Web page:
It is no secret that the global pharmaceutical industry is big business. Estimates vary – but $770 billion is a pretty accurate number. Of that global total the United States is still a nation of big spenders when it comes to prescription drugs – annual sales in 2009 were estimated at $300 billion – with a projected growth rate of 5%. However, looking at these numbers in the context of global sales, a 5% (single digit) growth rate is modest, especially when compared to the projections for growth in ’emerging markets’. The off shoring and outsourcing of manufacturing operations in the USA and Europe to ‘lower cost countries’ has resulted in breath-taking economic growth in the so-called BRIC nations (Brazil, Russia, India and China) with a spill over to their neighbors. Not only are these nations of ‘new consumers’ enjoying the new found luxury of consumer goods, their citizens are becoming more aware of, and concerned about personal health and welfare. In addition to increased spending by governments on preventative healthcare, there is an increased awareness and interest from the populace in products for both prevention and cure!
An increasingly mobile global population has increased the incidence of outbreaks of some illnesses that had been virtually eliminated in First World nations – for example Tuberculosis – highlighting the need to vaccinate the population as part of a prevention and eradication strategy. Vaccines, previously the red-haired step child in some organizations, have gained in importance – boosting the profits and growth for companies like GSK, Sanofi and Merck – to name but a few. In addition to pediatric vaccines, there is an increase in the market for adult vaccination, particularly for global travelers concerned about malaria, typhoid and the glowing lexicon of flu species. Which brings me back to the single digit growth of the drug market in the USA and Western Europe – contrasted with “emerging markets” to include the BRIC nations – as well as Venezuela, Poland, Argentina, Turkey and Mexico – to name a few. Sales in these countries in 2009 were close to $123 billion – accounting for 37% of industry growth – and GROWING! Just looking at vaccines as a market sector, the Indian and Chinese vaccine markets are estimated at a CAGR of 16 and 17.8 percent respectively from 2006 to 2013!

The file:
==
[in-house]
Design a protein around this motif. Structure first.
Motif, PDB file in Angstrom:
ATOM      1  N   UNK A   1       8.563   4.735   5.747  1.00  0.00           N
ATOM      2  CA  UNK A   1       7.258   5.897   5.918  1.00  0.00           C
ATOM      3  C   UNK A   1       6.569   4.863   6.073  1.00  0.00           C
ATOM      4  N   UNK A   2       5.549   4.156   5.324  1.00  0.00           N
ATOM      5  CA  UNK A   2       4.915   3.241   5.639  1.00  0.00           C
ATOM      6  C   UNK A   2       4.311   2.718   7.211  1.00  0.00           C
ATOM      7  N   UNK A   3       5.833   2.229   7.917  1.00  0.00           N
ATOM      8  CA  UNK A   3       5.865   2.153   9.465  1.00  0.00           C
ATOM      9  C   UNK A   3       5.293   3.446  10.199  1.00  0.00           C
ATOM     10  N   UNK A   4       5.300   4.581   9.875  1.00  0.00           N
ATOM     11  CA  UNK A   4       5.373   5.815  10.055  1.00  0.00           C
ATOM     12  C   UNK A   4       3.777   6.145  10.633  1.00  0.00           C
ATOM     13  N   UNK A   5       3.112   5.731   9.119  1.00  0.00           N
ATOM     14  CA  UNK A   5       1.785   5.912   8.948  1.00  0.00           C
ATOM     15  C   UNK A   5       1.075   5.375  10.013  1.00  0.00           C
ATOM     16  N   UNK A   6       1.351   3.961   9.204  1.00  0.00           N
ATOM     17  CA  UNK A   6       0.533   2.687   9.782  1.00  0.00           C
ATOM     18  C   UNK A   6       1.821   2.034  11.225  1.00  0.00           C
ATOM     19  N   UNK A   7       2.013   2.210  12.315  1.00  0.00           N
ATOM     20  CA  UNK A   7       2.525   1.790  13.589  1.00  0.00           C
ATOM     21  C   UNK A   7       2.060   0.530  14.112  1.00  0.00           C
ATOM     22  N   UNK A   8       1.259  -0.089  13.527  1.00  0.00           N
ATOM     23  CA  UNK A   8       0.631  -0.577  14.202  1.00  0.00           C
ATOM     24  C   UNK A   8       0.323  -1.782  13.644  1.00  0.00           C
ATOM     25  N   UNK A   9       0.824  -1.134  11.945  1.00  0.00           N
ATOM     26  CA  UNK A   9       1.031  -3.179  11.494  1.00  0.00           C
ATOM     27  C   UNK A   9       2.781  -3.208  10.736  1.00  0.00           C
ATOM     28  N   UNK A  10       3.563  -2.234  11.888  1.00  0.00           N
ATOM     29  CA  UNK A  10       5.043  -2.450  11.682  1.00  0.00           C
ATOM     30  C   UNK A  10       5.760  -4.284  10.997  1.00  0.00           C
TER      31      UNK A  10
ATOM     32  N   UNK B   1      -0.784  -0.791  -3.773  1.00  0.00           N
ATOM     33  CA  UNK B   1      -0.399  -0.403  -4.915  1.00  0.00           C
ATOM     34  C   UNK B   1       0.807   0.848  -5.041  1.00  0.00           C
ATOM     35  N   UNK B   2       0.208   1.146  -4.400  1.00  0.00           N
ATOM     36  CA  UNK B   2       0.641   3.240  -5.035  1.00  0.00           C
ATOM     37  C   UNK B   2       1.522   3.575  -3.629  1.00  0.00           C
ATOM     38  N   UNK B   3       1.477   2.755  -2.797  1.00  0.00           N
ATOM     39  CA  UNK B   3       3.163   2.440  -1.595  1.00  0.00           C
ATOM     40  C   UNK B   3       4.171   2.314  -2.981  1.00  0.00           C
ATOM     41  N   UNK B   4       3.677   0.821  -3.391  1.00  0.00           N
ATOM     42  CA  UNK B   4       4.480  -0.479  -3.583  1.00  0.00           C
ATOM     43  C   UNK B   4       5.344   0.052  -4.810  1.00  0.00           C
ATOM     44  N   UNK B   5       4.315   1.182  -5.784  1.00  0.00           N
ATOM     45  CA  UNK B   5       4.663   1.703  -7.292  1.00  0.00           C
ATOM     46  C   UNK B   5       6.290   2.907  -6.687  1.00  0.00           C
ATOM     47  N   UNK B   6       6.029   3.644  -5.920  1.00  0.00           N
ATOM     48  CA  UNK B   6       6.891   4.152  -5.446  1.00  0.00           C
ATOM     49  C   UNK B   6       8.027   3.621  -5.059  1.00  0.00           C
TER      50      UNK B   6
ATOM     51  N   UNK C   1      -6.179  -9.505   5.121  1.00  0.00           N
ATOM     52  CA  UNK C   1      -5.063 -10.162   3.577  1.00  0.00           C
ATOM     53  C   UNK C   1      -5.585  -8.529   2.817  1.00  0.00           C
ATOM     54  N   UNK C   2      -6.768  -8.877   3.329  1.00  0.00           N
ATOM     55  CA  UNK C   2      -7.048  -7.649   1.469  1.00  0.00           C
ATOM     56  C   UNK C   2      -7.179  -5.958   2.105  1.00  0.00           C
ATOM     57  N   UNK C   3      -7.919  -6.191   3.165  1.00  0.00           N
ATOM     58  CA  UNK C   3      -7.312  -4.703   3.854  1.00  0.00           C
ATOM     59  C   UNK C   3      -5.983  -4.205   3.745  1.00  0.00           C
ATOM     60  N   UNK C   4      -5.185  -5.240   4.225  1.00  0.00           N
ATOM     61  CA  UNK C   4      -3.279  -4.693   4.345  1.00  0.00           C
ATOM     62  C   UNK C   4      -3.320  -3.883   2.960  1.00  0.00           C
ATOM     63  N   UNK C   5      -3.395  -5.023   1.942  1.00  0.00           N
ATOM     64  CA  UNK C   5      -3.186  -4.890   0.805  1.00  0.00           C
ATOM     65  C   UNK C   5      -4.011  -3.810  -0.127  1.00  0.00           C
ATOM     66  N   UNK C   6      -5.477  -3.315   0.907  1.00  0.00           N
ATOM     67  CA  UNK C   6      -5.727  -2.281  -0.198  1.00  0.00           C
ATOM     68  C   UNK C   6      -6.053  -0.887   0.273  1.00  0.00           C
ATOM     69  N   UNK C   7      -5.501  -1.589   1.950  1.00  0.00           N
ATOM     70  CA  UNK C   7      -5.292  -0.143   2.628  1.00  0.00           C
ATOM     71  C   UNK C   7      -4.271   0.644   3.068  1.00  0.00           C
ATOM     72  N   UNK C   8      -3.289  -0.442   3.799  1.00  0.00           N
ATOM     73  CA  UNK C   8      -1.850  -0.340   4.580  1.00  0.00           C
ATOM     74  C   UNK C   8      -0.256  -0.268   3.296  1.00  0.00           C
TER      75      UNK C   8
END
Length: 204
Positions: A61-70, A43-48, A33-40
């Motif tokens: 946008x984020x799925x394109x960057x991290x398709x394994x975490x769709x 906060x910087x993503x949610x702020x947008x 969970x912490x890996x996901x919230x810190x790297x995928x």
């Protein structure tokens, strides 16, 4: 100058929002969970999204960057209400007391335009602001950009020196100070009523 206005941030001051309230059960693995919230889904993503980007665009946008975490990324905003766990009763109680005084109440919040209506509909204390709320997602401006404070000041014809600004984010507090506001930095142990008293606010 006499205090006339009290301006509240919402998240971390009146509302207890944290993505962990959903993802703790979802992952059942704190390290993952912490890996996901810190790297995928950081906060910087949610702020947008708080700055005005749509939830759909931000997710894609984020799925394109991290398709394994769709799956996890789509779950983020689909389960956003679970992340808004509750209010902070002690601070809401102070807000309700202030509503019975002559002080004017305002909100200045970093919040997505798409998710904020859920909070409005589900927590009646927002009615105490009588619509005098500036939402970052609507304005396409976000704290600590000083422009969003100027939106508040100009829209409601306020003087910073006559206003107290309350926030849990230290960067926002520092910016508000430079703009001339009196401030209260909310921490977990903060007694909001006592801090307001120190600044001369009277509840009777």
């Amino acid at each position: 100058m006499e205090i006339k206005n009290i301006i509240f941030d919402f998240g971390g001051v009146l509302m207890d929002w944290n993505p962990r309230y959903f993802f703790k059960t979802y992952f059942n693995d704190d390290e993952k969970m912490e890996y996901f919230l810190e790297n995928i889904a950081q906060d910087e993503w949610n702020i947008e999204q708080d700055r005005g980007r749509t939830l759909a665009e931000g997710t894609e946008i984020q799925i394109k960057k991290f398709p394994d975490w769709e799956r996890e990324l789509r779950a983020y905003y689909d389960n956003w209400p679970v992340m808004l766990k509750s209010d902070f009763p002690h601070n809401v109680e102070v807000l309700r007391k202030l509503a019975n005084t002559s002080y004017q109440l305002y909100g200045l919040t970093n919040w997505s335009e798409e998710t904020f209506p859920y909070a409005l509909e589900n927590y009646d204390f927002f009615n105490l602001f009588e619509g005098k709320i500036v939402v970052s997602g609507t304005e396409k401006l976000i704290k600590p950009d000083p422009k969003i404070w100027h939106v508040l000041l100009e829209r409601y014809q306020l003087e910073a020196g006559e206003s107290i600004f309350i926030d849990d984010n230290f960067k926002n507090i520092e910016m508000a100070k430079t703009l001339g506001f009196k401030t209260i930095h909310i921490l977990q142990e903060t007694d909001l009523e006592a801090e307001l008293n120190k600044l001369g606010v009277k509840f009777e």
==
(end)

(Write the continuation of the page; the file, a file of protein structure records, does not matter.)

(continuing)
Estimates of further growth – current ’emerging market’ 16% of global drug sales increasing to 21% by 2013 are not unrealistic are adding fuel to the fire, with many European and US based pharmaceutical companies expanding into these emerging markets. No wonder the Consulates of the BRIC nations are busy – a recent need for a visa in order to visit Brazil encountered several unexpected delays due to increased demand!
What is surprising however, is the fact that the top 15 pharmaceutical companies – to include Pfizer, Merck and Eli Lilly – collectively derive less than 10% of sales from emerging markets (according to a recent report by IMS Heath, Norwalk CT based research company).
Using this virtual forum I would like invite readers to share your own perspectives on the risk and rewards of establishing manufacturing and distribution operations in these emerging markets. Some questions I am seeking answers to include:
1. What are some of the key considerations when exploring new manufacturing locations – supply chain concerns? Regulatory constraints? Financial considerations?
2. Is there an evolving ‘global patient’ or does each market have specific ethnic and cultural considerations that need to be taken into account?
3. How can world class pharmaceutical companies bring affordable health-care to patients – across a global landscape that includes some of the poorer nations?
4. Is there a ‘one size fits’ all when it comes to global markets – or do regional demographics need to be factored into business models for manufacturing and distribution?
5. Are there lessons that can be shared by those that have already opened the latch to the ‘Pandora’s Box’ of emerging market development? If yes – please share!
Carla Reed will be speaking at the INTERPHEX 2011 Education Conference. She has more than 20 years’ experience working in global supply chain and logistics environments. An authority on ‘discovery to distribution’ supply chain best practices in the life sciences industry Carla leads the Supply Chain Management team at Tunnell Consulting. Tunnell Consulting integrates strategic, technical, process and organizational skills to boost its clients’ business performance.
Contact Carla directly at firstname.lastname@example.org